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Julius Caesar, reception of  

W. Jeffrey Tatum

Online publication date:
Feb 2017
The reception of Caesar constitutes, for obvious reasons, an immense topic. As a political idea, Caesar exhibits from the very beginning a tension between his role as dictator and ... More

Constantia, half-sister of Constantine and wife of Licinius  

Julia Hillner

Online publication date:
Feb 2017
Late antique sources remember Flavia Iulia Constantia,1 conventionally for her loyalty to her imperial relatives, both by birth and by marriage, and, more innovatively, for her Christian patronage, a ... More

tribuni plebis  

Peter Sidney Derow

Online publication date:
Aug 2016
Tribuni plebis (or plebi), ‘tribunes’, were the officers of the plebs first created in 500–450bce (traditionally in 494, the date of the first secession of the plebs and their corporate recognition). ... More

demography  

Saskia Hin

People’s life courses are shaped by the complex interactions of contextual factors, of individual behavior, and of opportunities and constraints operating at the macro level. Demography ... More

masturbation  

Kelly L. Wrenhaven

In ancient Greece and Rome, masturbation was viewed with good-humored disdain. Although it was not apparently subject to the same kinds of scathing attacks that Greek comedy makes on male same-sex ... More

Zenobia  

John Frederick Drinkwater

Online publication date:
Mar 2016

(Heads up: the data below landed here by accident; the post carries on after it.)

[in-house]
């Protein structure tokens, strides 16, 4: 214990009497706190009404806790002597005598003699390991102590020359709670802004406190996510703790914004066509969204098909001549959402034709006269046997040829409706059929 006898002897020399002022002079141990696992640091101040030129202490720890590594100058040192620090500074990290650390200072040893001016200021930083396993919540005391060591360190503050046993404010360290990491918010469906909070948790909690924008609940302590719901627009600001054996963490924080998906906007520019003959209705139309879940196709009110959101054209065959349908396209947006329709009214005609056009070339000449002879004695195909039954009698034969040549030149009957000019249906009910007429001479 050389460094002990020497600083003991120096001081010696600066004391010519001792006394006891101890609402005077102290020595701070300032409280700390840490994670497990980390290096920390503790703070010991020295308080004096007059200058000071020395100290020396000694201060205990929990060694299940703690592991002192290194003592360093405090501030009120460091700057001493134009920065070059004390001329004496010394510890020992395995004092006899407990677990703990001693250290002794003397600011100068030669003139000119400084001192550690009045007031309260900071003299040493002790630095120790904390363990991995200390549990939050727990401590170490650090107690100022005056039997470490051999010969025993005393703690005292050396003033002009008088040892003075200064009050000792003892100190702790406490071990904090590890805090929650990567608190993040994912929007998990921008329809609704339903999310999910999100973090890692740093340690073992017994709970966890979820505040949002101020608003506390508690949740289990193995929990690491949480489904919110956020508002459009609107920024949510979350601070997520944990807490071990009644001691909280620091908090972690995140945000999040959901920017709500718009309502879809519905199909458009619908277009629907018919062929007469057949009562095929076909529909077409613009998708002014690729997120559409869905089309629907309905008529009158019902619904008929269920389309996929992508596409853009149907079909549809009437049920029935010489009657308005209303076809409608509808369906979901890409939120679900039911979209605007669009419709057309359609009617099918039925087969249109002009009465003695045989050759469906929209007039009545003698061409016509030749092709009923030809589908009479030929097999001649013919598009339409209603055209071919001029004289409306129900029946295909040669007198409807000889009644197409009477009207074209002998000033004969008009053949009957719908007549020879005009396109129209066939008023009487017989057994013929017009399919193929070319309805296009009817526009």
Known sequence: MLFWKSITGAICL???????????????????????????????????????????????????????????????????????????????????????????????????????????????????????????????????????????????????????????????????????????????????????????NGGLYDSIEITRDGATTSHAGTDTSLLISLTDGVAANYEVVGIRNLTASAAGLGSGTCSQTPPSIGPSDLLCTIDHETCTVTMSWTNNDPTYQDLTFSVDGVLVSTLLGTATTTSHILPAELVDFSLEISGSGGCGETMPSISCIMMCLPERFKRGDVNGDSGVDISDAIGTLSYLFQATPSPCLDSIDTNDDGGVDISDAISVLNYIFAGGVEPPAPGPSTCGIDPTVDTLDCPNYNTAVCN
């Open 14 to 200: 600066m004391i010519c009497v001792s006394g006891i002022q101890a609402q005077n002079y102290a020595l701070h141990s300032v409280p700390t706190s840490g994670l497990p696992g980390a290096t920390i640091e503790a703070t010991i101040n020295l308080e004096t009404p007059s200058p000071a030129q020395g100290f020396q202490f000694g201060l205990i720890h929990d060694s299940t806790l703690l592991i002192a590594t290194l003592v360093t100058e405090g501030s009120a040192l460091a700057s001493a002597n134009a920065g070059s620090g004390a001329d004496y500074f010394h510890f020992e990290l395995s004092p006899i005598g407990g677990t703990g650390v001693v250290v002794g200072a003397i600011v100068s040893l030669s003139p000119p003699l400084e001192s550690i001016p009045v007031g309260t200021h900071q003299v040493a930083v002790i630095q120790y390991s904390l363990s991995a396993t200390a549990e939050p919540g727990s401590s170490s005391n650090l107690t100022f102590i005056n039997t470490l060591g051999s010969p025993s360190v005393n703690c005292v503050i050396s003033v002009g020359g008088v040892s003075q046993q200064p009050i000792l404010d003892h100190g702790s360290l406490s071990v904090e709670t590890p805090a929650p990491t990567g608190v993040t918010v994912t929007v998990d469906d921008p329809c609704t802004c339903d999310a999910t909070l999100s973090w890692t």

Zenobia (Septimia), or in *AramaicBath Zabbai, one of the great women of classical antiquity (PLRE 1. 990 f.). The second wife of *Septimius Odaenathus of *Palmyra, on his death in ce 267, in ... More

Zama, battle of  

John F. Lazenby

Online publication date:
Mar 2016
Zama is the name given to the final battle of the Second *Punic War, though it was not actually fought near any of the places so called (see preceding entry). *Hannibal had perhaps 36,000 ... More

war, art of, Roman  

Jonathan Coulston

Online publication date:
Mar 2016
The earliest Roman battle-order was probably the spear-armed and javelin-armed Italic form of the *hoplite*phalanx, a single, close-order infantry formation. In the 4th cent. bce this was replaced by ... More

Volsci  

Tim Cornell

Online publication date:
Mar 2016
Volsci, people of ancient Italy. The Volsci first become prominent in ancient historical narratives of the early 5th cent., when they overran southern *Latium and occupied the Monti Lepini, most of ... More

Vocontii  

A. L. F. Rivet and John Frederick Drinkwater

Online publication date:
Mar 2016
Vocontii, a Celtic people of Gallia Narbonensis (see celts; gaul (transalpine)) who, from at least the 3rd cent. bce (Livy, 21. 31) occupied the western foothills of the Alps south of the ... More

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